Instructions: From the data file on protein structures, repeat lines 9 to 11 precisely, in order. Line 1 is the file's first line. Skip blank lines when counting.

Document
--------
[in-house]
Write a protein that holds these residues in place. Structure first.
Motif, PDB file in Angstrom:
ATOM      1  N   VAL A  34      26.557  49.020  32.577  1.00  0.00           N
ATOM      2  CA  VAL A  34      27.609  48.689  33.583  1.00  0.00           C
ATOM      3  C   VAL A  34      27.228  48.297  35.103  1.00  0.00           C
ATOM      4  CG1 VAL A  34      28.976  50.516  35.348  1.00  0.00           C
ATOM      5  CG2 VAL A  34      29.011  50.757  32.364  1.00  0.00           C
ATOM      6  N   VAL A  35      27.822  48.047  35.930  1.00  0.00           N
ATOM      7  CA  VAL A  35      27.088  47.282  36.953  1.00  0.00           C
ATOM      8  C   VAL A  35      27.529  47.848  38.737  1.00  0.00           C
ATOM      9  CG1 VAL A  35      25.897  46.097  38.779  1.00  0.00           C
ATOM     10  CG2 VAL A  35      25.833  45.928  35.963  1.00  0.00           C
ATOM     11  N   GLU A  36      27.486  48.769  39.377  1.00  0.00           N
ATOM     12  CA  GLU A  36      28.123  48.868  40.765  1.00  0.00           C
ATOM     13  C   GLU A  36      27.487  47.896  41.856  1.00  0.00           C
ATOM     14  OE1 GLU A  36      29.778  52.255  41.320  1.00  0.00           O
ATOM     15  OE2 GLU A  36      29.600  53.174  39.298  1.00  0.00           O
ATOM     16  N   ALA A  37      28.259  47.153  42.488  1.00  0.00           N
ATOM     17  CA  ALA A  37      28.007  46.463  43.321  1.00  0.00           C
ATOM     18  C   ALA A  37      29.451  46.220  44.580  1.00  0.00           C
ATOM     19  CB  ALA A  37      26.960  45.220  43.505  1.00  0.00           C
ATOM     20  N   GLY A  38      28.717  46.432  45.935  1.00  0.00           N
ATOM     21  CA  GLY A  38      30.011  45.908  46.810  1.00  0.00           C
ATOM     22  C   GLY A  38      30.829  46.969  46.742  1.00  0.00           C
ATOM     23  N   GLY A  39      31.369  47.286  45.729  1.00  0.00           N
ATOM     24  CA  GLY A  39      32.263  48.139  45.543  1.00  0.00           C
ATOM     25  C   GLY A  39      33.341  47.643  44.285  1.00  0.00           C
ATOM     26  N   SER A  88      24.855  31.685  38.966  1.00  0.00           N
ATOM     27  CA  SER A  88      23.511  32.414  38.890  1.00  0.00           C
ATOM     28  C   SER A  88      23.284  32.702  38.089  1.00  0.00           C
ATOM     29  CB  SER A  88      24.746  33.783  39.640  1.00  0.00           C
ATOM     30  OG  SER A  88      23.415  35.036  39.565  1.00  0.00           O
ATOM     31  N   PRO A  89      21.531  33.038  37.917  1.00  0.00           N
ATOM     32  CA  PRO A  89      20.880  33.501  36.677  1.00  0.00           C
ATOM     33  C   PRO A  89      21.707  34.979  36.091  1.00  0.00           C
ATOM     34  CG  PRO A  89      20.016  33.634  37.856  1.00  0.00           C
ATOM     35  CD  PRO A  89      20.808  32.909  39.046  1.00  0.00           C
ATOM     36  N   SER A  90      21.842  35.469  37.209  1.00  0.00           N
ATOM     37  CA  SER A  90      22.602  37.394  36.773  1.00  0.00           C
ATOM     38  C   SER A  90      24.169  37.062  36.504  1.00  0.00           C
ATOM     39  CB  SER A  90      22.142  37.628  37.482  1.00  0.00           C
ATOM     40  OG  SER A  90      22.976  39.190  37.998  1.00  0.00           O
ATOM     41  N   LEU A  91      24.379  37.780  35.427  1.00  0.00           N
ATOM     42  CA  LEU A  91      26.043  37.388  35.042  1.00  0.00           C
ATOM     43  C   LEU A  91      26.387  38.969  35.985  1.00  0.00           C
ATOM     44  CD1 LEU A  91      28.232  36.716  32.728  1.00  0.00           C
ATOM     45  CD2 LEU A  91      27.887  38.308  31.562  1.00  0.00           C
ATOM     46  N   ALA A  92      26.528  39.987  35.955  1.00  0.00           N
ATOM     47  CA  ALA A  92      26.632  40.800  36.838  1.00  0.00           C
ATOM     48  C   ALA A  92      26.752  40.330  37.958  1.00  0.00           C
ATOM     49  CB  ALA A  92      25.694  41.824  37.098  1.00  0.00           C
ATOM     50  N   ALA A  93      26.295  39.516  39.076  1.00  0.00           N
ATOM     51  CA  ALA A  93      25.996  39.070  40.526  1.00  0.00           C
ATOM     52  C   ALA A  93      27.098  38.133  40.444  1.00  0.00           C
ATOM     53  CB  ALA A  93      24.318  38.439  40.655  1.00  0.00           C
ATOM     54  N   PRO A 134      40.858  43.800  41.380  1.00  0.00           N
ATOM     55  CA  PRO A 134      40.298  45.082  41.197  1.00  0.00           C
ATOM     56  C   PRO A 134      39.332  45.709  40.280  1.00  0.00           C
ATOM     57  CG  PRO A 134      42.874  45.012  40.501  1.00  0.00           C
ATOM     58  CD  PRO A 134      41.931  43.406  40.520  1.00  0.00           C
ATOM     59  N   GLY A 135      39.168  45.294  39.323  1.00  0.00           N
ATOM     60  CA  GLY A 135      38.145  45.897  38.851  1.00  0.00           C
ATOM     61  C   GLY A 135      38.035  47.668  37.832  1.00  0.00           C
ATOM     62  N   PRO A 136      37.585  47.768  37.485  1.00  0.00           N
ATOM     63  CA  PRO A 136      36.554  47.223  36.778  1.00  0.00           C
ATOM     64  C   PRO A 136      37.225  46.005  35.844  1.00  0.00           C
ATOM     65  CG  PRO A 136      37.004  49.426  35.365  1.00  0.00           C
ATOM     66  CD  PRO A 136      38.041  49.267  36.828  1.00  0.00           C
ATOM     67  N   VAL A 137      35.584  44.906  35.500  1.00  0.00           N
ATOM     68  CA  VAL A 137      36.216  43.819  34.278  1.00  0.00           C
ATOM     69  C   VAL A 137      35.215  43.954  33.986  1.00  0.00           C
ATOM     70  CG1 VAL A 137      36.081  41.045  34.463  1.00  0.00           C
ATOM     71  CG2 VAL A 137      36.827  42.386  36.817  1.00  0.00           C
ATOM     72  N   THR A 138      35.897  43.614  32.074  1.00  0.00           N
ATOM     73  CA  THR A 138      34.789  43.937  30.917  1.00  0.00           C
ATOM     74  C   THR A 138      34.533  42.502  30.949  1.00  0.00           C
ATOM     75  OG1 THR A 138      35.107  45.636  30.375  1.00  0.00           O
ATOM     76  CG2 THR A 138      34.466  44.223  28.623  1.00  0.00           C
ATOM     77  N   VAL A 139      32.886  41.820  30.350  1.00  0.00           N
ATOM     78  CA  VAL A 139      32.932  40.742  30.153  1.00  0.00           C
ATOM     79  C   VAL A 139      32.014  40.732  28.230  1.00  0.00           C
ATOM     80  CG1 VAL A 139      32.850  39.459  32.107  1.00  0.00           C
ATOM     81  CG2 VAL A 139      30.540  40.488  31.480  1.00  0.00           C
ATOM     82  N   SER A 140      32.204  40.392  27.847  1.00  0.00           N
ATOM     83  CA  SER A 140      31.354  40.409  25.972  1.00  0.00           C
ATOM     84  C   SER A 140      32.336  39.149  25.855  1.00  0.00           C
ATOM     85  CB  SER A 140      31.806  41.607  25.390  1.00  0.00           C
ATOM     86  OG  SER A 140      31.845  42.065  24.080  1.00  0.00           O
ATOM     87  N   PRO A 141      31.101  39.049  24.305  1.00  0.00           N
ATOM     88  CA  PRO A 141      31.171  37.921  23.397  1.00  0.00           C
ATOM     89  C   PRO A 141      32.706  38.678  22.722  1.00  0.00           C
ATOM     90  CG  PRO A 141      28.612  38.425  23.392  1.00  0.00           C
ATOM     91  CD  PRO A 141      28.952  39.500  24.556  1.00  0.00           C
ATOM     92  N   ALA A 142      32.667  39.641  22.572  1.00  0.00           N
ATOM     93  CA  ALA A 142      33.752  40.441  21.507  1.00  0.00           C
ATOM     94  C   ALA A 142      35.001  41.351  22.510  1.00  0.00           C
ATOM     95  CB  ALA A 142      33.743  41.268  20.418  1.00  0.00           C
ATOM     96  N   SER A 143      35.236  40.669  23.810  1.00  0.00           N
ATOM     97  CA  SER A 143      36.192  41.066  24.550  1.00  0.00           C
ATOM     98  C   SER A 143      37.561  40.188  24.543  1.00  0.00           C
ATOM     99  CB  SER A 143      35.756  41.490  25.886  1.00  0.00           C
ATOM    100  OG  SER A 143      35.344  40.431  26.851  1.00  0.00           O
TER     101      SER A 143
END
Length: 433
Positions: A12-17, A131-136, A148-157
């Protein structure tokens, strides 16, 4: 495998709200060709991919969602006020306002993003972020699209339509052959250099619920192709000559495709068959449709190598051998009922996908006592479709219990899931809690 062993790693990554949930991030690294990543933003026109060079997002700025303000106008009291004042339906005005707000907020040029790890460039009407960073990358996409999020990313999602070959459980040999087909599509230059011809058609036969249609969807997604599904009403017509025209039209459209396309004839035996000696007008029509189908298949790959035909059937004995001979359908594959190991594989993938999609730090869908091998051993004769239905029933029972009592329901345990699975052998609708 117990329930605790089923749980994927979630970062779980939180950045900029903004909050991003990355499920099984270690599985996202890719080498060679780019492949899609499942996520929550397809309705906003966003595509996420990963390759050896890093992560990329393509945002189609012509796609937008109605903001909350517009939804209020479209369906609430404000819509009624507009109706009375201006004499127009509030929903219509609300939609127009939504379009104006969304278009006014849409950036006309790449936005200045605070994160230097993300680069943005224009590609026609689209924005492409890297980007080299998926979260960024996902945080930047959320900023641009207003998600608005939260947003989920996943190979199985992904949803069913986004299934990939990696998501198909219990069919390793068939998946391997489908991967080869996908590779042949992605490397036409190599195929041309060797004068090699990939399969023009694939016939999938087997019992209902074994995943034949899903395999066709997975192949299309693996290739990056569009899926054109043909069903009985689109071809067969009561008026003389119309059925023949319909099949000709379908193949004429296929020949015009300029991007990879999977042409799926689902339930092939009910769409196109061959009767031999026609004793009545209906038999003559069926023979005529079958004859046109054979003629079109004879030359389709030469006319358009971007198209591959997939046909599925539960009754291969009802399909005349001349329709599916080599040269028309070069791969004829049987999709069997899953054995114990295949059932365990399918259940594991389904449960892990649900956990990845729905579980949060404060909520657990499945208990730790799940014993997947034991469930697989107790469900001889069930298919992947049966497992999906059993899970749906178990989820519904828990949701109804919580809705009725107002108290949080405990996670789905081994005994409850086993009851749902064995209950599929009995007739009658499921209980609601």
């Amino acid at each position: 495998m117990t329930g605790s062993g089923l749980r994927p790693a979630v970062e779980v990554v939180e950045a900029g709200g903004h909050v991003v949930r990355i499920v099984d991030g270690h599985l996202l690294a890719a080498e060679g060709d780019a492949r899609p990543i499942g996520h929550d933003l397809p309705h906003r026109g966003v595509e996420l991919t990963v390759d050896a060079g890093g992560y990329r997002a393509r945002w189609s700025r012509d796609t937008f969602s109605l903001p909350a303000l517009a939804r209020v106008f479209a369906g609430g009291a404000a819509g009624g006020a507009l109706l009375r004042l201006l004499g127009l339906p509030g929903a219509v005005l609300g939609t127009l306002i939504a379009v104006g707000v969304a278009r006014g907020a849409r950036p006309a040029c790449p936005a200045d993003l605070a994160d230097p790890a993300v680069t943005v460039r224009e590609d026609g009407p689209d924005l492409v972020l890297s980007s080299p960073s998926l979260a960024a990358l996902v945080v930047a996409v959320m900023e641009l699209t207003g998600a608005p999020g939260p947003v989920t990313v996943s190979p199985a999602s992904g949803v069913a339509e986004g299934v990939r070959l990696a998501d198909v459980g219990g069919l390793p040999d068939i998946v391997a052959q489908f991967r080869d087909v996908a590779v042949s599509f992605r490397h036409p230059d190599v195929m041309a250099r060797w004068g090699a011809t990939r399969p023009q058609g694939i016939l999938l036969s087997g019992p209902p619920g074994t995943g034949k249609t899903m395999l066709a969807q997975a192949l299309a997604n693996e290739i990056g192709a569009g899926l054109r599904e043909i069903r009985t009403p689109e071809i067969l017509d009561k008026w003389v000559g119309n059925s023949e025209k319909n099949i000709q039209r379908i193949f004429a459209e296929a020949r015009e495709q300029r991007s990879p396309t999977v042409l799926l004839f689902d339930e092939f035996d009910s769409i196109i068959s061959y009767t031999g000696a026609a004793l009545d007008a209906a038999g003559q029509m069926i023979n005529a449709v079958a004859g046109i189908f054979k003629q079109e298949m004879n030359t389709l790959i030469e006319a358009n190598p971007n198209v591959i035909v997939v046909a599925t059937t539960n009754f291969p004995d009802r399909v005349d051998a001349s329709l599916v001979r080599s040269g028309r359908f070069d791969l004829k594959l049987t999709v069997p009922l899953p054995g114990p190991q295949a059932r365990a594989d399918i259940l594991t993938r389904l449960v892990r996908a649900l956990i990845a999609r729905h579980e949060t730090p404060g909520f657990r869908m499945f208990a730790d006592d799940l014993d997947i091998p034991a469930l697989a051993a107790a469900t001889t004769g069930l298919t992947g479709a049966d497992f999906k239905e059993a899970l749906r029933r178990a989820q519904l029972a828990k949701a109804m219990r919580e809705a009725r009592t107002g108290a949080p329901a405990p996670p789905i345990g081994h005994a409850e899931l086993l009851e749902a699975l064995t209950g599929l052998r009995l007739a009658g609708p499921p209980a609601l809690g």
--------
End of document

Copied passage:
ATOM      6  N   VAL A  35      27.822  48.047  35.930  1.00  0.00           N
ATOM      7  CA  VAL A  35      27.088  47.282  36.953  1.00  0.00           C
ATOM      8  C   VAL A  35      27.529  47.848  38.737  1.00  0.00           C